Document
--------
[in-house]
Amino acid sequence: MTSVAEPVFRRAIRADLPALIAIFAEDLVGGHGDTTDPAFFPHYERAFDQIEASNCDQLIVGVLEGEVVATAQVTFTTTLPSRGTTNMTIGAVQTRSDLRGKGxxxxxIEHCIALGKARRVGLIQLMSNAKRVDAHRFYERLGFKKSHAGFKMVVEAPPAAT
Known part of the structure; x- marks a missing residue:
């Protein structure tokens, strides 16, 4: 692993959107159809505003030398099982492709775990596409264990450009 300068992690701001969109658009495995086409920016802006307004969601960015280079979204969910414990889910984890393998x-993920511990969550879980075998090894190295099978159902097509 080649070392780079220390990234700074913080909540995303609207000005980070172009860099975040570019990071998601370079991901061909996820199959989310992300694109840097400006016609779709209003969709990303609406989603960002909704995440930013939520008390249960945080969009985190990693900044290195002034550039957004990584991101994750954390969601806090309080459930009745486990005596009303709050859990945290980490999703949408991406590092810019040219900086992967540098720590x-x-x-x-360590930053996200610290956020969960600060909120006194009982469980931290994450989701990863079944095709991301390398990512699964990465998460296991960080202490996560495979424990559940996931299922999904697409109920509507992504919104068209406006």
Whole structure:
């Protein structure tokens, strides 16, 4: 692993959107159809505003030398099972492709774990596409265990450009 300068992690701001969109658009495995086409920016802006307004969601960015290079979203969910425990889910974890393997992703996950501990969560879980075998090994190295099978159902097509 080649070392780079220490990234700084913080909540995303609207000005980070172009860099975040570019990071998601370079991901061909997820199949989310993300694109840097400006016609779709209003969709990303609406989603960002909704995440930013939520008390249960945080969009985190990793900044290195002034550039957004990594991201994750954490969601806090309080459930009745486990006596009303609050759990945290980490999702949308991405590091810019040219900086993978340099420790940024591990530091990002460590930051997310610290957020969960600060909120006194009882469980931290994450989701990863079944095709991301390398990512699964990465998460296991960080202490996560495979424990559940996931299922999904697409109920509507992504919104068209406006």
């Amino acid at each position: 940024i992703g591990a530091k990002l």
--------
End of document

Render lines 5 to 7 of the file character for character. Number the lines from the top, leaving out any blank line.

Whole structure:
């Protein structure tokens, strides 16, 4: 692993959107159809505003030398099972492709774990596409265990450009 300068992690701001969109658009495995086409920016802006307004969601960015290079979203969910425990889910974890393997992703996950501990969560879980075998090994190295099978159902097509 080649070392780079220490990234700084913080909540995303609207000005980070172009860099975040570019990071998601370079991901061909997820199949989310993300694109840097400006016609779709209003969709990303609406989603960002909704995440930013939520008390249960945080969009985190990793900044290195002034550039957004990594991201994750954490969601806090309080459930009745486990006596009303609050759990945290980490999702949308991405590091810019040219900086993978340099420790940024591990530091990002460590930051997310610290957020969960600060909120006194009882469980931290994450989701990863079944095709991301390398990512699964990465998460296991960080202490996560495979424990559940996931299922999904697409109920509507992504919104068209406006």
């Amino acid at each position: 940024i992703g591990a530091k990002l």